Women in the 116th Congress

protest sign: the future is female

The Story

More women are serving in Congress than ever before: 127. That includes more than 40 new hires. Many of them were first-time candidates running on Democratic platforms. It’s worth noting: women still only make up less than 30% of Congressional reps. So, progress – but there’s more work to do. Here’s what you need to know about some of the women who helped pave the way:

Elizabeth Cady Stanton
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1866: Elizabeth Cady Stanton is the first woman to run for Congress. She runs as an independent in New York and gets just 24 votes. Yes, she lost.

1916: Jeannette Rankin is first woman elected to Congress
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1916: Rep. Jeannette Rankin (R-MT) is the first woman elected to Congress. She does it on a progressive, suffragist, and anti-war platform – and pushes hard for legislation that would eventually establish the 19th Amendment.

1920: Women get the right to vote
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1920: States ratify the 19th Amendment, giving women the right to vote. A little late, but sure.

1925: Florence Prag Kahn first Jewish woman in Congress
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1925: Rep. Florence Prag Kahn (R-CA) is the first Jewish woman in Congress. While there, she advocates for higher wages for female government employees.

1964: Patsy Mink is first woman of color in Congress
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1964: Rep. Patsy Mink (D-HI) is the first woman of color and Asian-American woman elected to Congress. She sponsors and co-authors Title IX, protecting students from gender-based discrimination.

1968: Shirley Chisholm is first black woman in Congress
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1968: Rep. Shirley Chisholm (D-NY) is the first black woman elected to Congress. She’s a founding member of both the Congressional Black Caucus and the Congressional Women’s Caucus.

1989: Ileana Ros-Lehtinen is first Hispanic woman in Congress
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1989: Rep. Ileana Ros-Lehtinen (R-FL) is the first Hispanic woman elected to Congress. She becomes a lead sponsor of legislation protecting victims of domestic violence and sexual assault.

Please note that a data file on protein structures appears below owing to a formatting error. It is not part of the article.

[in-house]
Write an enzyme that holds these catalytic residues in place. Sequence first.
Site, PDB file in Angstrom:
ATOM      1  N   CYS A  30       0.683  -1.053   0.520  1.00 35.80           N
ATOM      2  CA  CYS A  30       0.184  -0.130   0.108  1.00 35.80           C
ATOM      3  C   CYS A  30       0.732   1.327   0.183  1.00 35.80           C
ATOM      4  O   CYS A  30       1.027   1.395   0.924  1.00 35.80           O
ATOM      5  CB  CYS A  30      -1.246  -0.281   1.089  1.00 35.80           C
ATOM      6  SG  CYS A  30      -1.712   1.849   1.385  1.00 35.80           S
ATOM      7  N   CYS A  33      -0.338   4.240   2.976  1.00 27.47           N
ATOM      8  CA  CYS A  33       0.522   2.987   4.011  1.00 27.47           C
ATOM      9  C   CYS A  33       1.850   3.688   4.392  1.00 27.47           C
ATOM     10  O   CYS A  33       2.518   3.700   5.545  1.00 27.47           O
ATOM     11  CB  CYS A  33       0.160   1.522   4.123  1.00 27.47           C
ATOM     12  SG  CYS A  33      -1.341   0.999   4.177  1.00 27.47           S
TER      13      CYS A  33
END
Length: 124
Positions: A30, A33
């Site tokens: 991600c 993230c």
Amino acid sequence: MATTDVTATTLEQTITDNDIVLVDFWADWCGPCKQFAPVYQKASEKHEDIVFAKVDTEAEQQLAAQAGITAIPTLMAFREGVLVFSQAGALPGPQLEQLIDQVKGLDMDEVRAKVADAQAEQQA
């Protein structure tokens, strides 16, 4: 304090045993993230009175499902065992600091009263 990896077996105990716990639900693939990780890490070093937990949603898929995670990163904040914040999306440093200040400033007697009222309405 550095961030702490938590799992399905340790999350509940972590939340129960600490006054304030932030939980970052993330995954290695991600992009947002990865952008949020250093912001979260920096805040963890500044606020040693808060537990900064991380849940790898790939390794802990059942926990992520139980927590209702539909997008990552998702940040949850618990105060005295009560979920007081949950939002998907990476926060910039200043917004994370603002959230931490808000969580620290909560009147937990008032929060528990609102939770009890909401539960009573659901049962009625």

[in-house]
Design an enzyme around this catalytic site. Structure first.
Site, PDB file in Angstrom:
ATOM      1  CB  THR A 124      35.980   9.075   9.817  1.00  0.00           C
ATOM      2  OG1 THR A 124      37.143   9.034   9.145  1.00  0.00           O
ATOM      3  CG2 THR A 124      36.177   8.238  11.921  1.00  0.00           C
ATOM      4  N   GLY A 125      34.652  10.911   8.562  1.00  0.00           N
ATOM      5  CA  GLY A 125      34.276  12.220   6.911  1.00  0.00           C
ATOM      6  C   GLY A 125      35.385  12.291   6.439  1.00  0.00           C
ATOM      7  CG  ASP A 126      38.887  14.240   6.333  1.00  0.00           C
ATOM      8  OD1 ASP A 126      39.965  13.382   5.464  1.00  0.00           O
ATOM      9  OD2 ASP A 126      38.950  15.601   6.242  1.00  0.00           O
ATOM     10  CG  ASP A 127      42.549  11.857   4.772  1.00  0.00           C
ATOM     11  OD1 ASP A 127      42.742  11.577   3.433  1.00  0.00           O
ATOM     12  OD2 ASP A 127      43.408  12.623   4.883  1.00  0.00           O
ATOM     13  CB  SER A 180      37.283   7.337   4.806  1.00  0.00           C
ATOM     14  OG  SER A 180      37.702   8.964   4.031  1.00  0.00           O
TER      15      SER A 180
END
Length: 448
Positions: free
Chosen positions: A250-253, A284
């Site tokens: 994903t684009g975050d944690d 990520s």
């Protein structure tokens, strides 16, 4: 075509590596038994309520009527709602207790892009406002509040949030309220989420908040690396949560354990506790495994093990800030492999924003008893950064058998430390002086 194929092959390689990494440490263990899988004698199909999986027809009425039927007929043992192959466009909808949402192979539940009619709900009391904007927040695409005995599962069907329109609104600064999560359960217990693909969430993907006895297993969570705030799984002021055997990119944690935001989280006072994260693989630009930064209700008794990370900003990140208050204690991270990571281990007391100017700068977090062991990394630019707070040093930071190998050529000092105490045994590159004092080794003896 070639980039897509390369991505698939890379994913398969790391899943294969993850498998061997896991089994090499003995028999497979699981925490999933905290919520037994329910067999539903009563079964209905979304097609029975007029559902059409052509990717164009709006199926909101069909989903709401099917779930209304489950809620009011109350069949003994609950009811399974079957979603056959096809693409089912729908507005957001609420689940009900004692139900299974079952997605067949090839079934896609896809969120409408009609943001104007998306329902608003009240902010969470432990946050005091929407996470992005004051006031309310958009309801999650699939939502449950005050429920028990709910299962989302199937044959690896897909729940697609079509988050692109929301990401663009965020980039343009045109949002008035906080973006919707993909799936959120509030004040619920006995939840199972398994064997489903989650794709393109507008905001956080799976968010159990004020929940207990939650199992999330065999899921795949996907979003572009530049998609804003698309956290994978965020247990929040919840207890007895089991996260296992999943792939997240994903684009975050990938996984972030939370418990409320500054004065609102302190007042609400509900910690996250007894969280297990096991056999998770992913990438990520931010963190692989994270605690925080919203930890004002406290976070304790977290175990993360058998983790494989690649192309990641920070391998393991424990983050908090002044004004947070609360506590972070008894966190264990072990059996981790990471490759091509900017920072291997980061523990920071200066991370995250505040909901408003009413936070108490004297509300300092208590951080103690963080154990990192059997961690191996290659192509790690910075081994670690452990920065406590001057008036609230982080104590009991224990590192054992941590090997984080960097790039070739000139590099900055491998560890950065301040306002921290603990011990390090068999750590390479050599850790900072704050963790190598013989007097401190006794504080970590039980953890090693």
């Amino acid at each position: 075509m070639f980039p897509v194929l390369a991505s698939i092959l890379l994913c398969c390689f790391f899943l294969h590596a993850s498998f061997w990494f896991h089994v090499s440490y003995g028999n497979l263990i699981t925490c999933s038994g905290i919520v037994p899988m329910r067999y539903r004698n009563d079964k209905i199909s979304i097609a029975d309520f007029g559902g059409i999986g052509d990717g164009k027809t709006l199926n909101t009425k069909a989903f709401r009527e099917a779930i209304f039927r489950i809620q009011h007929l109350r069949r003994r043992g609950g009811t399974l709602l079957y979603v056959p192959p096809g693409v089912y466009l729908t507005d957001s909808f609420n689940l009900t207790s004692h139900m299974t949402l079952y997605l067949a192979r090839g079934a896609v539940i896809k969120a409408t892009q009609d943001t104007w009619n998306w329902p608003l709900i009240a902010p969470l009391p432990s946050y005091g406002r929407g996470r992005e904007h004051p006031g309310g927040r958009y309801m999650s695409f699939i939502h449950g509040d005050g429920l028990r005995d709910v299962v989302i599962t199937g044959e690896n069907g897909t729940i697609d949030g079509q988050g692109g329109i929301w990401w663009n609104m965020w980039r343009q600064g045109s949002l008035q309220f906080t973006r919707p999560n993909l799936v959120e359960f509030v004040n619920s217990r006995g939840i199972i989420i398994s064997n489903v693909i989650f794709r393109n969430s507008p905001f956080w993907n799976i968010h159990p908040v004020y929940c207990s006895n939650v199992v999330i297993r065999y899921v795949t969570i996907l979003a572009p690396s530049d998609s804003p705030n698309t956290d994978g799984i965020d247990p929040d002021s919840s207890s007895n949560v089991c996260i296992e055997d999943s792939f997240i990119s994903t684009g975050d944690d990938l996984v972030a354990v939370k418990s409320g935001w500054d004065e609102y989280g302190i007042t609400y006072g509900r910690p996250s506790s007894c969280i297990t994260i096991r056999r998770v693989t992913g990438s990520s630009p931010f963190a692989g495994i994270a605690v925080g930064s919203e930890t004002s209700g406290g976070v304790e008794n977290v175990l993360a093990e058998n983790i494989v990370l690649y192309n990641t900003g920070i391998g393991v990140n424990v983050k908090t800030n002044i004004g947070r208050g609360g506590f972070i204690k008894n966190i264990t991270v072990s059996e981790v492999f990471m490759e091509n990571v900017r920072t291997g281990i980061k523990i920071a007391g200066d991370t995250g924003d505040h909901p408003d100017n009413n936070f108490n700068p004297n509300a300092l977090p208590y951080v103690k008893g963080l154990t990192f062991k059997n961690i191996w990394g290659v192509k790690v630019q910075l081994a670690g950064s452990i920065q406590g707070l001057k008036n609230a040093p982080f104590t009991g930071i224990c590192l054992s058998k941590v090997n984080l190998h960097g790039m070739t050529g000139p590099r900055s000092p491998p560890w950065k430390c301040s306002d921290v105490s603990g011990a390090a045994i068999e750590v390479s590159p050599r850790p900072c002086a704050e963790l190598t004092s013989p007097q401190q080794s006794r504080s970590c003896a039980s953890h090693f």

1992: Year of the Woman
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1992: The so-called “Year of the Woman.” Outrage over the handling of Anita Hill’s testimony against then-Supreme Court nominee Clarence Thomas contributes to a wave of women running for office. A record 47 women are elected to the House. The number of women in the Senate triples...from two to six. But hold on to your shoulder pads. Women still make up only around 11% of all Congressional lawmakers.

1998: Tammy Baldwin is first openly gay woman in Congress
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1998: Rep. Tammy Baldwin (D-WI) is the first openly gay woman elected to Congress. She pushes legislation advocating for equal pay and reproductive health. And later becomes the first openly gay senator.

First woman to be Speaker of the House: Nancy Pelosi
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2007: Rep. Nancy Pelosi (D-CA) becomes the first woman to serve as Speaker of the House – the highest-ranking woman in US political history. Her biggest legacy is getting the Affordable Care Act passed in the House.

2018: Record number of women elected to Congress
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2018: Oh heyyy 125 women are elected to Congress, up from 107. That means men make up the other 300+. Let’s go 2020.

Who do I need to know?

Incoming female lawmakers to watch 2018
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The history-makers: last year, Rashida Tlaib (D-MI) and Ilhan Omar (D-MN) became the first Muslim women elected to Congress. Debra Haaland (D-NM) and Sharice Davids (D-KS) are the first Native American women. Alexandria Ocasio-Cortez (D-NY) is the youngest congresswoman ever. There are also some statewide firsts, like Marsha Blackburn (R), the first female senator from Tennessee. And Ayanna Pressley (D), the first black woman to rep Massachusetts. Here are some other people who made history.

What’s next?

2018 was a big milestone for getting women into office. But clearly, there’s still a long way to go. If you’re thinking about running for office, do it. Orgs like EMILY’s List work on getting pro-choice, female Dems into office. Winning for Women is trying to elect female Republicans. She Should Run is non-partisan – and aims to get 250,000 women to run for office by 2030. If running’s not your thing, no worries – there are so many ways to get involved.


It’s been almost 100 years since women got the right to vote. Women make up a little more than half of the US population but are still extremely underrepresented in government. We’ve got work to do.


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